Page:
Salary doesn't make a top job.WORKERS are more likely to be happy in their job if they get on well with colleagues or have managers who take an interest in them rather than receiving big salaries, according to according to
1. As stated or indicated by; on the authority of: according to historians.
2. In keeping with: according to instructions.
3. a new report today.
A survey of 1,000 adults by City & Guilds showed that fewer than half stayed in a job because of the size of their pay packet.
Having a good work-life balance and enjoying decent relationships with colleagues were more important, the study showed.
Beauty therapists and hairdressers were said to be the happiest workers in the UK, while builders and bankers were the least content with their working lives.
Bob Coates, managing director of City & Guilds, said: "With a clear impact on the bottom line, improving workplace happiness is rising up the business agenda and employers cannot afford to ignore it.
"Companies can no longer rely on those established reward and recognition policies that fail to resonate with employees and do little to combat stress levels in the workplace. By taking such a blinkered blink·ered
Subjective and limited, as in viewpoint or perception: "The characters have a blinkered view and, misinterpreting what they see, sometimes take totally inexpedient action" approach, they risk the rise of an unmotivated and unproductive workforce, and even potentially losing their staff to competitors."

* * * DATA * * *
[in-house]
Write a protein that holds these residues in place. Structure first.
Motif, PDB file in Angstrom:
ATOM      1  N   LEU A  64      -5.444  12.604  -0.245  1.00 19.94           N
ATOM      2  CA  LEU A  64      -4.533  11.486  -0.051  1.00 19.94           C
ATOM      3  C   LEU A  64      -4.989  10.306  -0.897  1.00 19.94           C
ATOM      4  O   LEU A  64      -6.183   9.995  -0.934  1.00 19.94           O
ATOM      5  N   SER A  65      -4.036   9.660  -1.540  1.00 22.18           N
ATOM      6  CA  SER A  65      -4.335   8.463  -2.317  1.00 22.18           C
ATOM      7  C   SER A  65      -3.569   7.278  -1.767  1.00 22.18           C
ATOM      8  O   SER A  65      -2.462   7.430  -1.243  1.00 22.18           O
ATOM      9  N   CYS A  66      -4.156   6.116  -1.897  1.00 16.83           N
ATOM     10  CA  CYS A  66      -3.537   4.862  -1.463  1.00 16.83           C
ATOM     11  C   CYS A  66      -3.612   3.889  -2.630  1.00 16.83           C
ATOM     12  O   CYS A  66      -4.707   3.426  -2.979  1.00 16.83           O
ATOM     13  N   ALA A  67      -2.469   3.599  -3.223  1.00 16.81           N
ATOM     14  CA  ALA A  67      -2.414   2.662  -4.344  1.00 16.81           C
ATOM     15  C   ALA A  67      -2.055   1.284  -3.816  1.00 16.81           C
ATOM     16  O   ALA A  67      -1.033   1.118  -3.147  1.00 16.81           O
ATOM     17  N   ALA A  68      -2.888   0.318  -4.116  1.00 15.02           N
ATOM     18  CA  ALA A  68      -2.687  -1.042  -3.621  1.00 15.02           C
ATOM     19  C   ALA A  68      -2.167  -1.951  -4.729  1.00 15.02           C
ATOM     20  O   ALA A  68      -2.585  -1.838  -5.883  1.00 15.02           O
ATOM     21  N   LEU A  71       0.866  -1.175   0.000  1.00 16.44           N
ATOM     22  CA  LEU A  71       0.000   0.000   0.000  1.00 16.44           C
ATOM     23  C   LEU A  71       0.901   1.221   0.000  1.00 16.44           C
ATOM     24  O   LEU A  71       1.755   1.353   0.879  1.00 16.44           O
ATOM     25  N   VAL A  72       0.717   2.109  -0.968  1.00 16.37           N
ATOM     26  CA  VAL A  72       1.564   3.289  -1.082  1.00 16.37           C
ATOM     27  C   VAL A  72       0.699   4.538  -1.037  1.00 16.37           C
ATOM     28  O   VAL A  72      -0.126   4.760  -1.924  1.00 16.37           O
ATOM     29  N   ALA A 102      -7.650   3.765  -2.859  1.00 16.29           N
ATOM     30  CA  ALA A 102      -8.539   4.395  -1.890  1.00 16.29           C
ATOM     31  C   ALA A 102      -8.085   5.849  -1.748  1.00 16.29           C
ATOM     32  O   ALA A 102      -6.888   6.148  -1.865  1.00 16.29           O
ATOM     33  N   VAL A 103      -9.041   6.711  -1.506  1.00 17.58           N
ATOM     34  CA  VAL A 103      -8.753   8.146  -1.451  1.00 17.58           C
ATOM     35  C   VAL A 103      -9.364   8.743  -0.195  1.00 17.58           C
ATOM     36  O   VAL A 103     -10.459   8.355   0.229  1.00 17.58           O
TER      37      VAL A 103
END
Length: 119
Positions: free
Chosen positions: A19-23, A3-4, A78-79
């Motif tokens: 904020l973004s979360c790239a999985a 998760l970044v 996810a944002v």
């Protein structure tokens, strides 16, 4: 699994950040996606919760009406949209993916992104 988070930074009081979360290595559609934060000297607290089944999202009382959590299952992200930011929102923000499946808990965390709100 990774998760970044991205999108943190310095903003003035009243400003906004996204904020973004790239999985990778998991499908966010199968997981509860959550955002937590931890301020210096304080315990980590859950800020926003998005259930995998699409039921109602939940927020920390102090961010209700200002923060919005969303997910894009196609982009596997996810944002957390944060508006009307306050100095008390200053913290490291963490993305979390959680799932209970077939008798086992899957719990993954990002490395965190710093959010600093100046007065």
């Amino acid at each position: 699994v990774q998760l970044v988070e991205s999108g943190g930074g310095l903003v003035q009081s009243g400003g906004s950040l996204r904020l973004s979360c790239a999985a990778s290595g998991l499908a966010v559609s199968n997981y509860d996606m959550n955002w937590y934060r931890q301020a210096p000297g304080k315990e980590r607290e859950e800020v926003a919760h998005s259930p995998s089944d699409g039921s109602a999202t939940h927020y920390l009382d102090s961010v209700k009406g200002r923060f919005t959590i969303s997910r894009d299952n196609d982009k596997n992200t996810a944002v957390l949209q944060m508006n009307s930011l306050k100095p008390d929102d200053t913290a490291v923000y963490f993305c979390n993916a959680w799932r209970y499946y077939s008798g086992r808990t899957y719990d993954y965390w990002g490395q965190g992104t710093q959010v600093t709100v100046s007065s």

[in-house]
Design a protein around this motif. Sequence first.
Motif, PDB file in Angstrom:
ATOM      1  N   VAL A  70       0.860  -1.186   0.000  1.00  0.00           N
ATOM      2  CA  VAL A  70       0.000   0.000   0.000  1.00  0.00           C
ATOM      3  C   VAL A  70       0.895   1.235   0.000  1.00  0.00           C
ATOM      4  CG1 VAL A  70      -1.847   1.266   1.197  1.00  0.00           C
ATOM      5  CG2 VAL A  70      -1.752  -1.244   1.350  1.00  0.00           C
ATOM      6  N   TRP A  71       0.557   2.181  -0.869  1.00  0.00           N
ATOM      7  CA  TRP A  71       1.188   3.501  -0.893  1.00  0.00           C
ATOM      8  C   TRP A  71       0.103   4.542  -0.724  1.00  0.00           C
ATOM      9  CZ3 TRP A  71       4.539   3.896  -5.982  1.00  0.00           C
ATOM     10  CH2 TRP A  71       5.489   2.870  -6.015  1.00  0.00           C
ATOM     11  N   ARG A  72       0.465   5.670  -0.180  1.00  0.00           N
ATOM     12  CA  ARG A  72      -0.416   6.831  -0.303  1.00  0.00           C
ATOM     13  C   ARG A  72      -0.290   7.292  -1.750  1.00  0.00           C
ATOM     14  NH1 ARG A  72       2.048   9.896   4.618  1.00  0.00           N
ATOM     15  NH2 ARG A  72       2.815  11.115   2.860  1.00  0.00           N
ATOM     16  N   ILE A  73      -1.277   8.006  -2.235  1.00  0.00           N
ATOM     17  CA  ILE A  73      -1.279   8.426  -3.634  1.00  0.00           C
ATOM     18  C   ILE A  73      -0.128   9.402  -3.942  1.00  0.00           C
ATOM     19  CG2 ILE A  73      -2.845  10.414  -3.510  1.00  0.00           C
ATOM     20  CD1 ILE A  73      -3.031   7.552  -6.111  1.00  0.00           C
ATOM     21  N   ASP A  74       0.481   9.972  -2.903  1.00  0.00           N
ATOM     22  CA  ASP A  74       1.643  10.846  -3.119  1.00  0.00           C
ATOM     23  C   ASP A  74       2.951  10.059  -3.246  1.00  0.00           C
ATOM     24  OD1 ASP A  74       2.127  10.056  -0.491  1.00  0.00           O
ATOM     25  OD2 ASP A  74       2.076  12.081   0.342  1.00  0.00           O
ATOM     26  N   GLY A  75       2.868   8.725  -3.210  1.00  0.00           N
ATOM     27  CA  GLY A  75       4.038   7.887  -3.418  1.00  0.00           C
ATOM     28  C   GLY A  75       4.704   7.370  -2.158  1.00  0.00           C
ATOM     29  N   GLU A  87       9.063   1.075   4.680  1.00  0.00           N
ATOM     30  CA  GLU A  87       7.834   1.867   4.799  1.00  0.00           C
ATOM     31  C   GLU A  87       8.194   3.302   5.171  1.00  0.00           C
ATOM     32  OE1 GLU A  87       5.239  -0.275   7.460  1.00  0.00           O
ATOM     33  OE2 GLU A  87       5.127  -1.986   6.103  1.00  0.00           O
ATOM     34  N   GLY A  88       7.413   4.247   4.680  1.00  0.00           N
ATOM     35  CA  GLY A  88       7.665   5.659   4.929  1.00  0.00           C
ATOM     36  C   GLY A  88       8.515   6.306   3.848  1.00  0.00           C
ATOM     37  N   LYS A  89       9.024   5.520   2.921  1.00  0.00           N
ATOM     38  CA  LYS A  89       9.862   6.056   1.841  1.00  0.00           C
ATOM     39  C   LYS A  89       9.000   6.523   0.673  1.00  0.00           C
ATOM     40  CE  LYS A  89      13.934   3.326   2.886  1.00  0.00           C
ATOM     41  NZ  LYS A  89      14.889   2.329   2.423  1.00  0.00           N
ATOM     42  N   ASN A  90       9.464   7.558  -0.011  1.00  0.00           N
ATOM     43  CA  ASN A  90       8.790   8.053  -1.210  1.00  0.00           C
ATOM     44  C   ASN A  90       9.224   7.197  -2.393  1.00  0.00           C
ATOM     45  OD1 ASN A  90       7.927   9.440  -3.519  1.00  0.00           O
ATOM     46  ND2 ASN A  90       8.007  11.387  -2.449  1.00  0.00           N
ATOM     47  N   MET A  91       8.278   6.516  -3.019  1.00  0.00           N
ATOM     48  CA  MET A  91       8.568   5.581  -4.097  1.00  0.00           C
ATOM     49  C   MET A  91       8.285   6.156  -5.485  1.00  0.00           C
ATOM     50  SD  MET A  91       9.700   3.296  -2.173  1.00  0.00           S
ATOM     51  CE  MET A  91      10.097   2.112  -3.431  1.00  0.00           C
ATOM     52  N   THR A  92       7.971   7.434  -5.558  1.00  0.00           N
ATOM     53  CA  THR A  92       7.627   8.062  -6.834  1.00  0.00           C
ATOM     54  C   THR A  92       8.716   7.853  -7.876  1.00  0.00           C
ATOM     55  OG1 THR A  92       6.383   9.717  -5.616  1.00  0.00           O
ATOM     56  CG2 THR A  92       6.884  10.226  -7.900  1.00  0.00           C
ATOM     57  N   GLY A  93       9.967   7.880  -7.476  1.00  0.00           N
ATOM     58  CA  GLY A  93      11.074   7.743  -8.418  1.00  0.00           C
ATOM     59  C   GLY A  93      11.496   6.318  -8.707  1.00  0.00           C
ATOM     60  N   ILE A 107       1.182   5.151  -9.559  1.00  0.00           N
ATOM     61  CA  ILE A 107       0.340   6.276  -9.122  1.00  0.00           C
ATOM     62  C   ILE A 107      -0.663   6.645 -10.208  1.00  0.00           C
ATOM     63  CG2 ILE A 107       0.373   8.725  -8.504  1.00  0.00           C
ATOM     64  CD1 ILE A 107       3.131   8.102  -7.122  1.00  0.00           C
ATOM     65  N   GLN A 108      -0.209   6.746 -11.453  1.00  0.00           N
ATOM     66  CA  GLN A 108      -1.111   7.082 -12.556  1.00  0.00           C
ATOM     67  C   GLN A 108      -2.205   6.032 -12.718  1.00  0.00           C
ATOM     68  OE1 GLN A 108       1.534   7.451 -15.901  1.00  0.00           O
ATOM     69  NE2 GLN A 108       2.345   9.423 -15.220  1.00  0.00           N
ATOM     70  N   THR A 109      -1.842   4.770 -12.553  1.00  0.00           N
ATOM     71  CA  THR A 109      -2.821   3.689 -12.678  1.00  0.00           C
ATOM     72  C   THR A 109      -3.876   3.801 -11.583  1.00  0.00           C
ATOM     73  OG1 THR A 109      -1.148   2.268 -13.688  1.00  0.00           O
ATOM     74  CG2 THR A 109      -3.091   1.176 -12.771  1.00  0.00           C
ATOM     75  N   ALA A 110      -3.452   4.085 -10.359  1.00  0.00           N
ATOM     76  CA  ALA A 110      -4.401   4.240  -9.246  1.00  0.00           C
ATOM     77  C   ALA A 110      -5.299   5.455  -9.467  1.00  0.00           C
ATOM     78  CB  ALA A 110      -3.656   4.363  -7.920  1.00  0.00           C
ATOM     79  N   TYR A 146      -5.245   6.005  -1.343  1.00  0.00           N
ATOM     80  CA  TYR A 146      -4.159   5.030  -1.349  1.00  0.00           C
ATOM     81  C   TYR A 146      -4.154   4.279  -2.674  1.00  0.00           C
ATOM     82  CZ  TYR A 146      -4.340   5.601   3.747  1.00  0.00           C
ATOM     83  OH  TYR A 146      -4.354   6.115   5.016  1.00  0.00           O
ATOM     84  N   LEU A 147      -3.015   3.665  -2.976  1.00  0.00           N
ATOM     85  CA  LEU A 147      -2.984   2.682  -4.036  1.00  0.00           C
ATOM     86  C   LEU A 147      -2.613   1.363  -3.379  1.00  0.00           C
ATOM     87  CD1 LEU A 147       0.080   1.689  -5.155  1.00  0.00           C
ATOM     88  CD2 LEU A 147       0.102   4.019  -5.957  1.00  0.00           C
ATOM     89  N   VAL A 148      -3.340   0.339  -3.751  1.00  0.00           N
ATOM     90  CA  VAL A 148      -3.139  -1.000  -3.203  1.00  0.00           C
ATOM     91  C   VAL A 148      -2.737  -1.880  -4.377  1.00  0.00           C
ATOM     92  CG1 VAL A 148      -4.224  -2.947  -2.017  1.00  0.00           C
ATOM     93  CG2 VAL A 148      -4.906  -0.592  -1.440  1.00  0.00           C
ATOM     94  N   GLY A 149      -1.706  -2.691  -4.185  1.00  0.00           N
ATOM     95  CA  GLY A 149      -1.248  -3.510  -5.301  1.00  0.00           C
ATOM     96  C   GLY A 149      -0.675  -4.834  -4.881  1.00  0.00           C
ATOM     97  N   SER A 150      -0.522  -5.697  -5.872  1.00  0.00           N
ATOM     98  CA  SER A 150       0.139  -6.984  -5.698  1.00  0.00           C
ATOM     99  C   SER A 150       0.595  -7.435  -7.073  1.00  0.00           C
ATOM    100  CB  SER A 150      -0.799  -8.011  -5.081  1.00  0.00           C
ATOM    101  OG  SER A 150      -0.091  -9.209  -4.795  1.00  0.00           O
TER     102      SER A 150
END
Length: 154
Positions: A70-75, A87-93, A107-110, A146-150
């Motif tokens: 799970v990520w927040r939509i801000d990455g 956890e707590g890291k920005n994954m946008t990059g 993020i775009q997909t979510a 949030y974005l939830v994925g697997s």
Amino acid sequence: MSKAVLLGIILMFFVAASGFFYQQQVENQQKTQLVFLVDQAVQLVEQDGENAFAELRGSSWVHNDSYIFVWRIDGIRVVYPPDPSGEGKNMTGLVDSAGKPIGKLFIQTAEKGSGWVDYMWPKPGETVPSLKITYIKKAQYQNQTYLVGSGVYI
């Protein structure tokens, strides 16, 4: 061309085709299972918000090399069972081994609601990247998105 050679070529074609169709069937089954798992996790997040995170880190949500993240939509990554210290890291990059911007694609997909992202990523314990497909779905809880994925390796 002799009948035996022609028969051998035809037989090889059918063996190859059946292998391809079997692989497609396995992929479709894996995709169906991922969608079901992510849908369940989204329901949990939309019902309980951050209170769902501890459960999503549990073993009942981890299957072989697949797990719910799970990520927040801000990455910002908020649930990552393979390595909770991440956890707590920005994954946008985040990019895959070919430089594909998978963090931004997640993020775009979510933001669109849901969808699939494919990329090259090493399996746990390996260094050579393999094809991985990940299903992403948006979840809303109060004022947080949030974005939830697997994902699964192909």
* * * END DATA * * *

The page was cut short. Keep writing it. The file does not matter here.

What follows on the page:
Occupational psychology expert Prof Cary Cooper Cary Cooper CBE is an American psychologist and Professor of Organisational Psychology and Health at Lancaster University Management School.
Prior to working at Lancaster University, Cooper was Head of the Manchester School of Management (UMIST) from the early 80s, In 1995 , of Lancaster University Lancaster University (officially the University of Lancaster) is a collegiate campus university in Lancaster, England. The University is frequently placed in the top 20 UK universities in national league tables and in the top 10 for research, notably with its 6* Management , said of the report: "It provides a call to action for the business community to rethink its reward and recognition strategies and consider employees' needs on an individual basis. It marks the end of an era for organisation-wide HR policies. From now on a flexible approach is needed if businesses are to create a happy, and by association productive, workforce."
A so-called happiness index was headed by beauty therapists, followed by hairdressers, the Armed Forces, catering/ chefs, retail staff and teachers.